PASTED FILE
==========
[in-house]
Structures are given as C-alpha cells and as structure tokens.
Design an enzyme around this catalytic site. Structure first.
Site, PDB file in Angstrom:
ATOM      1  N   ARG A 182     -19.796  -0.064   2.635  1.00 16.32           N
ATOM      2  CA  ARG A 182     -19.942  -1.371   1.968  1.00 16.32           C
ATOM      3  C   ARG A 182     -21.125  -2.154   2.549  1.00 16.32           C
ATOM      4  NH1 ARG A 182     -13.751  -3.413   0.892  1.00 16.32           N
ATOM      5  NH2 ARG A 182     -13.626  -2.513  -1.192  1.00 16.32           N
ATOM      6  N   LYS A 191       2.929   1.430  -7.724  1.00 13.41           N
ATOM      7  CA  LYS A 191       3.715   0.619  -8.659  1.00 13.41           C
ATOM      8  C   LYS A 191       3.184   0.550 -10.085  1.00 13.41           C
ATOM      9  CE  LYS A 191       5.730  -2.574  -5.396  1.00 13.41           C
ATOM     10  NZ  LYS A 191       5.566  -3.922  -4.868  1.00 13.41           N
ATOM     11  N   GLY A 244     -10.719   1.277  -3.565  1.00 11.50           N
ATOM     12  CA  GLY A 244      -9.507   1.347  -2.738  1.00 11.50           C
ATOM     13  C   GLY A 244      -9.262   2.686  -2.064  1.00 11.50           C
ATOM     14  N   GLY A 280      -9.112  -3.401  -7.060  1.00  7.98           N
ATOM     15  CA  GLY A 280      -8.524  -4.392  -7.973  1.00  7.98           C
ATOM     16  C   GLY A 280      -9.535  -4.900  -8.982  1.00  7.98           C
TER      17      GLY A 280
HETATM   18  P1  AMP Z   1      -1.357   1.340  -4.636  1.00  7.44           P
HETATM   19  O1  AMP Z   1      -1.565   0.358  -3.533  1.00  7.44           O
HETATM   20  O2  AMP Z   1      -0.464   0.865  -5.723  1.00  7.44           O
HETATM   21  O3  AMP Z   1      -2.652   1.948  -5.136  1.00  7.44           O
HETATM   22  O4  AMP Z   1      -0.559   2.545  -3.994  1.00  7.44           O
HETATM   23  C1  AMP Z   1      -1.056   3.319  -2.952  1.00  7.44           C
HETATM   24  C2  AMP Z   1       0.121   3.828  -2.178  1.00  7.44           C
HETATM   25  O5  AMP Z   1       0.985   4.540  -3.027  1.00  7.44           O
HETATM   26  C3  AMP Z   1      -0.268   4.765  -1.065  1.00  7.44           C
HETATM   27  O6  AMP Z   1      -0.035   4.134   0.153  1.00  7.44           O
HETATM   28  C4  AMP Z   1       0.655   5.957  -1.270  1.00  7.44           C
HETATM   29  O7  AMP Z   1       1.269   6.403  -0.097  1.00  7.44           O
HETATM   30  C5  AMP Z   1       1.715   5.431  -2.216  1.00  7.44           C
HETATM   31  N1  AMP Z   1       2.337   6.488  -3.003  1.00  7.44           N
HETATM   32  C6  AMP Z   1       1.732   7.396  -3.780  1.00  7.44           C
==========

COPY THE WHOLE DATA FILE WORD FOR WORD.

[in-house]
Structures are given as C-alpha cells and as structure tokens.
Design an enzyme around this catalytic site. Structure first.
Site, PDB file in Angstrom:
ATOM      1  N   ARG A 182     -19.796  -0.064   2.635  1.00 16.32           N
ATOM      2  CA  ARG A 182     -19.942  -1.371   1.968  1.00 16.32           C
ATOM      3  C   ARG A 182     -21.125  -2.154   2.549  1.00 16.32           C
ATOM      4  NH1 ARG A 182     -13.751  -3.413   0.892  1.00 16.32           N
ATOM      5  NH2 ARG A 182     -13.626  -2.513  -1.192  1.00 16.32           N
ATOM      6  N   LYS A 191       2.929   1.430  -7.724  1.00 13.41           N
ATOM      7  CA  LYS A 191       3.715   0.619  -8.659  1.00 13.41           C
ATOM      8  C   LYS A 191       3.184   0.550 -10.085  1.00 13.41           C
ATOM      9  CE  LYS A 191       5.730  -2.574  -5.396  1.00 13.41           C
ATOM     10  NZ  LYS A 191       5.566  -3.922  -4.868  1.00 13.41           N
ATOM     11  N   GLY A 244     -10.719   1.277  -3.565  1.00 11.50           N
ATOM     12  CA  GLY A 244      -9.507   1.347  -2.738  1.00 11.50           C
ATOM     13  C   GLY A 244      -9.262   2.686  -2.064  1.00 11.50           C
ATOM     14  N   GLY A 280      -9.112  -3.401  -7.060  1.00  7.98           N
ATOM     15  CA  GLY A 280      -8.524  -4.392  -7.973  1.00  7.98           C
ATOM     16  C   GLY A 280      -9.535  -4.900  -8.982  1.00  7.98           C
TER      17      GLY A 280
HETATM   18  P1  AMP Z   1      -1.357   1.340  -4.636  1.00  7.44           P
HETATM   19  O1  AMP Z   1      -1.565   0.358  -3.533  1.00  7.44           O
HETATM   20  O2  AMP Z   1      -0.464   0.865  -5.723  1.00  7.44           O
HETATM   21  O3  AMP Z   1      -2.652   1.948  -5.136  1.00  7.44           O
HETATM   22  O4  AMP Z   1      -0.559   2.545  -3.994  1.00  7.44           O
HETATM   23  C1  AMP Z   1      -1.056   3.319  -2.952  1.00  7.44           C
HETATM   24  C2  AMP Z   1       0.121   3.828  -2.178  1.00  7.44           C
HETATM   25  O5  AMP Z   1       0.985   4.540  -3.027  1.00  7.44           O
HETATM   26  C3  AMP Z   1      -0.268   4.765  -1.065  1.00  7.44           C
HETATM   27  O6  AMP Z   1      -0.035   4.134   0.153  1.00  7.44           O
HETATM   28  C4  AMP Z   1       0.655   5.957  -1.270  1.00  7.44           C
HETATM   29  O7  AMP Z   1       1.269   6.403  -0.097  1.00  7.44           O
HETATM   30  C5  AMP Z   1       1.715   5.431  -2.216  1.00  7.44           C
HETATM   31  N1  AMP Z   1       2.337   6.488  -3.003  1.00  7.44           N
HETATM   32  C6  AMP Z   1       1.732   7.396  -3.780  1.00  7.44           C